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Setting Goals for the Coming School Year

By: Farheen Khan – Viva Learn Content Contributor

So, I woke up the other day, at 9:00 am, and thought to myself, Wow. It’s not 6:00 amAnd if truth be told, that has been my frequent, first-thought-in-the-morning since summer break started. One might muse that it is an insipid sort of occurrence and those such ones I would label as highly unsympathetic. Summertime is freedom-time and it is incumbent upon thoughts of all sorts to run wild. Moreover, summer is when one can use the respective lifestyle to mock the lifestyle of the school year.

To all those revelers, their minds heady with the summer scents and sunshine, I apologize; enjoy what is left of your vacation! August will come to a close before you realize. Therefore, I urge you to start thinking about preparing for the coming school year and endeavor to make it more successful than the last. Whilst frolicking among flowers try to target the areas in which you struggled last year, whether they be subjects or learning skills. Whilst mooning about the park try to remember where you threw all of your binders and notes, and what you have to discard for good and what you might like to keep. And then, sometime in the near future, brave the dust, and actually plunge into organizing the afore-mentioned notes and making a list of things you might have to buy, borrow or steal.

It is prudent to set the tone for the coming school year before it is actually upon you so that you will be more inclined and prepared to pursue your goals. And it is important to be set goals. As I mentioned already, try to think of areas in which you were deficient and ways in which you can improve your performance. Your goals do not necessarily have to be academically oriented; they can concern your behaviour towards others, the way in which you think about school, a club that you might want to start, etc. Whatever else they may be, your goals should be realistic ones so that you will be more inclined to pursue and accomplish them. And remember, as soon as you complete one goal you must set a new one immediately; your journey at school is as much about self-development as it is about academics: you are capable of as many things in the realm of infinity as you yourself set out to reach.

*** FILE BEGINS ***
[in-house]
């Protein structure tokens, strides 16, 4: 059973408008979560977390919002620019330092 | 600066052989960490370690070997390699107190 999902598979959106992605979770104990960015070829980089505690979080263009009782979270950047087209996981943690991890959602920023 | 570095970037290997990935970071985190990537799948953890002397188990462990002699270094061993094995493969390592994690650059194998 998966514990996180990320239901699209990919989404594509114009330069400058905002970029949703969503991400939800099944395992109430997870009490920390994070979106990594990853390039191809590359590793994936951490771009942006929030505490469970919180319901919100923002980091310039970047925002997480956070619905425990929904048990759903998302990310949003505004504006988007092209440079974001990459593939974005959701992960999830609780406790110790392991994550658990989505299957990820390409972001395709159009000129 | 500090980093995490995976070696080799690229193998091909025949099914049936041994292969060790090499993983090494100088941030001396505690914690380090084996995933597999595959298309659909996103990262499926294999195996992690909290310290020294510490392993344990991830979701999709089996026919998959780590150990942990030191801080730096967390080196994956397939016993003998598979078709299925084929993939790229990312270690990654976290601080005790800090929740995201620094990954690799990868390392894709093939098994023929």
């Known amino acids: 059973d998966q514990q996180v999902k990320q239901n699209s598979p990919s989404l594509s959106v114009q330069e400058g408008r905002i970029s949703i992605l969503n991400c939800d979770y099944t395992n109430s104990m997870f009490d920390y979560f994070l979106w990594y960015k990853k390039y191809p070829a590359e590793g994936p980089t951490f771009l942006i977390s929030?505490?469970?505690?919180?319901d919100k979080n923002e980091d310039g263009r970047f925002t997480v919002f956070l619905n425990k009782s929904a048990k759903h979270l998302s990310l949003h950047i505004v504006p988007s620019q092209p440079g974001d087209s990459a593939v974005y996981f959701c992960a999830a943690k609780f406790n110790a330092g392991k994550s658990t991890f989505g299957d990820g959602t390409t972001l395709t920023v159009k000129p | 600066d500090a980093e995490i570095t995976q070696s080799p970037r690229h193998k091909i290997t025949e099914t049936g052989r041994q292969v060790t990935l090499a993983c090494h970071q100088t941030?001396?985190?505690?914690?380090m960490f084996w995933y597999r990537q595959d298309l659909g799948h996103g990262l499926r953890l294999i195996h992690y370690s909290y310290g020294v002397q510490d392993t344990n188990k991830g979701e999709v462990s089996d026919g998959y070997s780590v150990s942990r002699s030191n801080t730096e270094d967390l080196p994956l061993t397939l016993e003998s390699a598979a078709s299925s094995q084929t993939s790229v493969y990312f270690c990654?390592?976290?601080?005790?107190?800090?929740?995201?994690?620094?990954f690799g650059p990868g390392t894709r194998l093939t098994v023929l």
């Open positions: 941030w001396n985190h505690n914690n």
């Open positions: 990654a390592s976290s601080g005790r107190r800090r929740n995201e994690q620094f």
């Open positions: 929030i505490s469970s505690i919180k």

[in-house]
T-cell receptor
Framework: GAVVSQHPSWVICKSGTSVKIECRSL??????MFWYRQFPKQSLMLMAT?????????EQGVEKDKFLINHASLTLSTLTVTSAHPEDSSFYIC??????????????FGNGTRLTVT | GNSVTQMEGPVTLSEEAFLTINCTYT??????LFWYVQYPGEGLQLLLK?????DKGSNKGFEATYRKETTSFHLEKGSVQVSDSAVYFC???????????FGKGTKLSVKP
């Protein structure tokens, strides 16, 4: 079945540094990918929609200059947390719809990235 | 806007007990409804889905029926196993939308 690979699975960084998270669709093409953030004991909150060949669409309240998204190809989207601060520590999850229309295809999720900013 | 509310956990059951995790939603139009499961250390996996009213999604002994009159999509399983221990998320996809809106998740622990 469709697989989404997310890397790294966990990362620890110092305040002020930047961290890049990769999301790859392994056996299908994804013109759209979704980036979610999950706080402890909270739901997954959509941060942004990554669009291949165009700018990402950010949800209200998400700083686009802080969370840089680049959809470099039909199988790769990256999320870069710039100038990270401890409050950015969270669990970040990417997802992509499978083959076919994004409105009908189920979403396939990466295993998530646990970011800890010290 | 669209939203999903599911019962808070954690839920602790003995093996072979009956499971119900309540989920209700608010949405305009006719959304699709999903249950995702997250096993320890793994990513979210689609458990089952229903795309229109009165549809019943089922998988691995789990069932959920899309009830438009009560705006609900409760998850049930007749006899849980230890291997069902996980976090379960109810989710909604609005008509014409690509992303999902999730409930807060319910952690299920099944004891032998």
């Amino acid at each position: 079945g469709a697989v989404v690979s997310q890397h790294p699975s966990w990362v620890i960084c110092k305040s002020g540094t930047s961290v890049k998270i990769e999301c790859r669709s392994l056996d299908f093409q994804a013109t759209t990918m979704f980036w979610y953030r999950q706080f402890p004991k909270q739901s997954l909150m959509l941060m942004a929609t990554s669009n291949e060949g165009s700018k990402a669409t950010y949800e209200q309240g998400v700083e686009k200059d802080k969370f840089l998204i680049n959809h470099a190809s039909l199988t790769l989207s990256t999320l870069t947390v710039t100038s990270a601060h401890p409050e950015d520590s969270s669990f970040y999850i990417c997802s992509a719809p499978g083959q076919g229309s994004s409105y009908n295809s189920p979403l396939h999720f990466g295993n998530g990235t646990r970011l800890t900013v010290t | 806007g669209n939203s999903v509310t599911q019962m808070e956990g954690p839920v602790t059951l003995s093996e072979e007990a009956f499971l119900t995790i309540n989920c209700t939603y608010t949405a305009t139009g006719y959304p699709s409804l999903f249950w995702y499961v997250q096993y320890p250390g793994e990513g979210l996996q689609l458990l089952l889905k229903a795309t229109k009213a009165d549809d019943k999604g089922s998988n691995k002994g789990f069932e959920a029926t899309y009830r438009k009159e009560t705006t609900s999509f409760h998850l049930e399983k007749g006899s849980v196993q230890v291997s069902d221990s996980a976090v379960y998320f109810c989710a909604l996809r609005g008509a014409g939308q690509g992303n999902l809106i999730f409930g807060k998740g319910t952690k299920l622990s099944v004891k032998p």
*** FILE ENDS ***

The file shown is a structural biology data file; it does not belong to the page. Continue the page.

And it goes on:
In short, good luck for the coming school year! Brace yourselves if you must but, truth be told, I think that everything is going to go just swimmingly.

How to Be a Better Public Speaker (for Students)

By: Farheen, Viva Learn Content Contributor

Public speaking sucks. That’s just a fact. Alas, it’s a necessary evil: teachers can’t get enough of it, parents love seeing their kids on display, and – as I was told by my English teacher – out in the “real world,” it’s a multi-million dollar skill. Figures; all the things that are generally despised are good for you, like eating vegetables.

As much as I complain about it though, I’m not a bad public speaker, and that’s not because my speeches are particularly good or awe-inspiring but because, after years of observation, I’ve developed, what is termed “stage presence”. Of course, communicating worthwhile material is a fantastic idea but the way in which that material is communicated is, arguably, more important. If you can hold people’s attention for a longer period of time, they are more likely to listen to what you have to say, and that is the goal: to get people to listen to what you have to say.

So here’s how you do it:

  1. Realize that the audience hasn’t shown up to chuck tomatoes at you: There is no need to be afraid of the audience. They are there to listen to you and your ideas/views/opinions.
  2. Fake it till you make it: Walk on to the stage with confidence, even if you’d rather weep in a dark dingy corner. Look your audience in the eye and even try to smile before you begin speaking. The more confidence you exude, the more the audience will straighten their spines and become excited to hear what you have to say and hence, actually listen.